So I had a pretty hectic day, and it wasn’t a good kind of hectic. I’m glad I wrote this last night, because it probably wouldn’t have happened otherwise. But, I promised you White Arrows, so here it is.
Album: Dry Land Is Not A Myth Artist: White Arrows
“So who exactly are the White Arrows?” might you ask. I found the White Arrows in my two excursions to see The NBHD. They were the opening act (both times).
You see, the thing about opening acts (and call me a terrible person if you must) is I tend to set my standards fairly low. The band or artist might not be exactly what you’re there to see. For example: last summer, I saw DMB in Bristow, VA, where the opening act was a band called Gogol Bordello. They were a gypsy rock band. I didn’t even know that was a genre at the time. Totally wicked I’ll admit, but nothing even close to Dave Matthews Band (but not exactly a strange choice for Dave if you know anything about the guy).
Now, White Arrows are no Gogol Bordello. There weren’t any pirate looking outfits or flowey blouses, but there was some pretty good music.
As far as background, I don’t know that much about the group. The White Arrows are a band originating in California; however (and, to be honest there isn’t much about the band to be found so I could be way off) lead singer Mickey Church originally started making music in New York.
Now for my house aficionados out there, this one might be something you’d enjoy. Of course, I know next to nothing about the genre, so maybe not. White Arrows have the “rock band basics” I’ve mentioned before — drums, guitars, bass — But they have a really psychedelic sound. I wouldn’t even call it techno. I’d just call it LSD inspired house/rock jams. All in all, not a bad sound even though it kinda seems like it might be.
Dry Land Is Not A Myth is a pretty good debut if you ask me. Metacritic says it received “generally favorable reviews,” so I guess I’m not the only one out there. It’s not exactly Grammy material (though what is, these days?), but the band manages to take you on sort of a — for lack of a better word — tropical journey with this album. Maybe its the red vinyl it came on (yes, red), or maybe its the super trippy album cover, but the White Arrows produce a very visual sound. Erin Lebar of CMJ wrote in her review that “[Dry Land Is Not A Myth] is the kind of record that…makes you see a kaleidoscope of swirling colors” (find the full review here), and she couldn’t be more accurate. I can’t really describe how the sound makes me feel — it’s something you need to experience for yourself.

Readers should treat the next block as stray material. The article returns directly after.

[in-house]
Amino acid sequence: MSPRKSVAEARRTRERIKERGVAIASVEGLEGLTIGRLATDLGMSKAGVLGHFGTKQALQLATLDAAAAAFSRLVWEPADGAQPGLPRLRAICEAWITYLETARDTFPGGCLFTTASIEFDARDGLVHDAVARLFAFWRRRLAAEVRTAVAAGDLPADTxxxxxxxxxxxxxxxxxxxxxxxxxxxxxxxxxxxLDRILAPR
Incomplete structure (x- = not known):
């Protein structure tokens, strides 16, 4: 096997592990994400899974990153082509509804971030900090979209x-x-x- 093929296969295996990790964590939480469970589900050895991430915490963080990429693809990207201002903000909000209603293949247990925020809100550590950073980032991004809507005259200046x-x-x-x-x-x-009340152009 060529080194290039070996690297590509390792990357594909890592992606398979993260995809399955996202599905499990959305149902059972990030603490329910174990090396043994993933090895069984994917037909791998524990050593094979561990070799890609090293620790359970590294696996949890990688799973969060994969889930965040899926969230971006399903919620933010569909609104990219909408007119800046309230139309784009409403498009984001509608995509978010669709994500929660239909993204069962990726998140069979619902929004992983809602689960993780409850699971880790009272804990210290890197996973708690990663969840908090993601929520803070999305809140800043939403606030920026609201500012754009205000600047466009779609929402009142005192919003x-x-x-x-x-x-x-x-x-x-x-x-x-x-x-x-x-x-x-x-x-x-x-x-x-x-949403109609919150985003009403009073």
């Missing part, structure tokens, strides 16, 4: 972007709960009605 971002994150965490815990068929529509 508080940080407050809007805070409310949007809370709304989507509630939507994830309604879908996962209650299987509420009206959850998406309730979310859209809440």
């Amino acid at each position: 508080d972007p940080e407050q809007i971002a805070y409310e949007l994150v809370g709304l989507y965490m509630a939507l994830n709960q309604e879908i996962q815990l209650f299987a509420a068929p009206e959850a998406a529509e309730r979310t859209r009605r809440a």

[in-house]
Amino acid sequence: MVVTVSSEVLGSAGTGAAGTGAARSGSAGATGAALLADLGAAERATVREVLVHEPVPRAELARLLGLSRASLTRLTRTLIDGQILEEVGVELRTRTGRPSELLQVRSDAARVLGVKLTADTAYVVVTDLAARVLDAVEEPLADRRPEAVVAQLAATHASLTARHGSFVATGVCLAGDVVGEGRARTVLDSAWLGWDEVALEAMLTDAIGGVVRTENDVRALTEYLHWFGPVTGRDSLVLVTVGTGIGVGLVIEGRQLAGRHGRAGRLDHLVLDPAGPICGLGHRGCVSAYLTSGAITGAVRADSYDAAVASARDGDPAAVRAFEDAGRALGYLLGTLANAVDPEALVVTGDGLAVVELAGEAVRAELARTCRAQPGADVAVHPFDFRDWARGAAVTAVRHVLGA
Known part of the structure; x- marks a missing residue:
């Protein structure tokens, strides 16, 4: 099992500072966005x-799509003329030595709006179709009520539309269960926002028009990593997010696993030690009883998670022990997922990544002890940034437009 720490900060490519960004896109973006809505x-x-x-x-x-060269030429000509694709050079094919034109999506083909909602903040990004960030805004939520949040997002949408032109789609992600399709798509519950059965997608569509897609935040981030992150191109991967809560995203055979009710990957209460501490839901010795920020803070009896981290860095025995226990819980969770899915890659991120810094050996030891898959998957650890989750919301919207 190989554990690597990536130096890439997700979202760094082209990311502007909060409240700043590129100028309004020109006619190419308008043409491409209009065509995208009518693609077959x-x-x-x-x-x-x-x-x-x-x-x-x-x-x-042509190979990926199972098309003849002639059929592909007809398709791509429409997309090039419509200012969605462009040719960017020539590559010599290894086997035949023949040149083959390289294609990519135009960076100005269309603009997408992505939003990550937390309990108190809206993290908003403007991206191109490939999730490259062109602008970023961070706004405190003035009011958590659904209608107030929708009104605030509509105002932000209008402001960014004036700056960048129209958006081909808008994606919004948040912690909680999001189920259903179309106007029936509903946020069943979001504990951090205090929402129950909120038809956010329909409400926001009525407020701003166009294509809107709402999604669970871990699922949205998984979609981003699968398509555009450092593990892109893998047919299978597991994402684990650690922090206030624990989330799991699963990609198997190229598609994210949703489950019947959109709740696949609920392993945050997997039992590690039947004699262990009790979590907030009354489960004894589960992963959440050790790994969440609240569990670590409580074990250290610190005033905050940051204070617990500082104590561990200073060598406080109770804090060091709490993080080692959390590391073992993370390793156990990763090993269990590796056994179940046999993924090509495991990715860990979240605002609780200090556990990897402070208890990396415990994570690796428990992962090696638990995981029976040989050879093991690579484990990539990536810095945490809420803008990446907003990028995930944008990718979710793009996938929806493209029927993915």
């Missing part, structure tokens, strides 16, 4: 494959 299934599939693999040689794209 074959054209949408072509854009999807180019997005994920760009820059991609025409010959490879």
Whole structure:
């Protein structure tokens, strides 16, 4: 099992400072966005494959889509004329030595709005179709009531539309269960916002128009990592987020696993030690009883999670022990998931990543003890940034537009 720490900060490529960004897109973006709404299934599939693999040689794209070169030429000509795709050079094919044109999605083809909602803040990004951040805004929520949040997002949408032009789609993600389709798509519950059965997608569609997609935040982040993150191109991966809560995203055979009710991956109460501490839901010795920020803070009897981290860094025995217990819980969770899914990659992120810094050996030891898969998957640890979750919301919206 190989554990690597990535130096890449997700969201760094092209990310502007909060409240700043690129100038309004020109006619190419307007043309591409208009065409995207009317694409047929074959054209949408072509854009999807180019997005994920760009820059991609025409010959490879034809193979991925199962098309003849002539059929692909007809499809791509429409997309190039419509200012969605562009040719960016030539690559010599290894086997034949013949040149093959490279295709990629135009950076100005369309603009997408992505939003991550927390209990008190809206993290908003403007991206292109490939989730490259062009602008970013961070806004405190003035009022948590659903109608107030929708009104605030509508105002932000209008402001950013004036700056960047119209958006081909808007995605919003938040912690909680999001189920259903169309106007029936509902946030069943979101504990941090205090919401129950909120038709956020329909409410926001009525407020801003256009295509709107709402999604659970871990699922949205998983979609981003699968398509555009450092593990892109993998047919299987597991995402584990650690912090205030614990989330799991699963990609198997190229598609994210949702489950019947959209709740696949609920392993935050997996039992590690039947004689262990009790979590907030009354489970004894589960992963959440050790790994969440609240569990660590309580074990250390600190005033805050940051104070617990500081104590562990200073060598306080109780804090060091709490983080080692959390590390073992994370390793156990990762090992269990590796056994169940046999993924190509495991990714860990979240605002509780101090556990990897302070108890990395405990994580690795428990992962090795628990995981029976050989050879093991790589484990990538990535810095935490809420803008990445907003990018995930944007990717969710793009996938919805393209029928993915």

From the first opening track to the last, Dry Land Is Not A Myth merges a very synthetic sound with elements reminiscent of the late 90s to create a very “organic” sound (a word used in more than one positive review). It’s a sound that doesn’t quite sound as manufactured as a lot of electronic music, but rather brought to you straight from the tropics of the Caribbean.
A lot can be said about Dry Land Is Not A Myth as whole; however, I find it appropriate not to mention the lyrics. They aren’t bad; they aren’t Lennon’s or McCartney’s either. But Dry Land Is Not A Myth is more about the overall sound, anyway. Instead of the music complementing the lyrics (as in the case of the Arctic Monkey’s AM), the lyrics complement the sound. It’s easy to forget that Mickey Church is even singing actual words through the speakers that are playing that red vinyl. It’s just nice to hear his voice.
Unfortunately, not all critics agree. Jon Falcone of Drowned In Sound tends to find the “noise” of the album to be quite unfortunate, but its easy to see how the White Arrows wouldn’t be for everyone. Like I said, for my house listeners out there, this is a good album. It’s something you can chill to; it’s something to dance to. It’s the best of both worlds.
I’d love to hear your own opinions on this album because it’s a little different than most of the stuff I’ve written about so far. Take a peek at the “honorable mentions” list and let me know what you think!! Until next week, keep listening.
Honorable Song Mentions: Roll Forever, Coming or Going, I Can Go, Settle Down, Fireworks of the Sea
Quick side note — The band is pretty cool. They sell their own merch, so we got to meet them. They totally offered us tickets to see them in Atlanta which was awesome because I’d LOVE to see them again, but we had to decline unfortunately. Yeah, we’re idiots.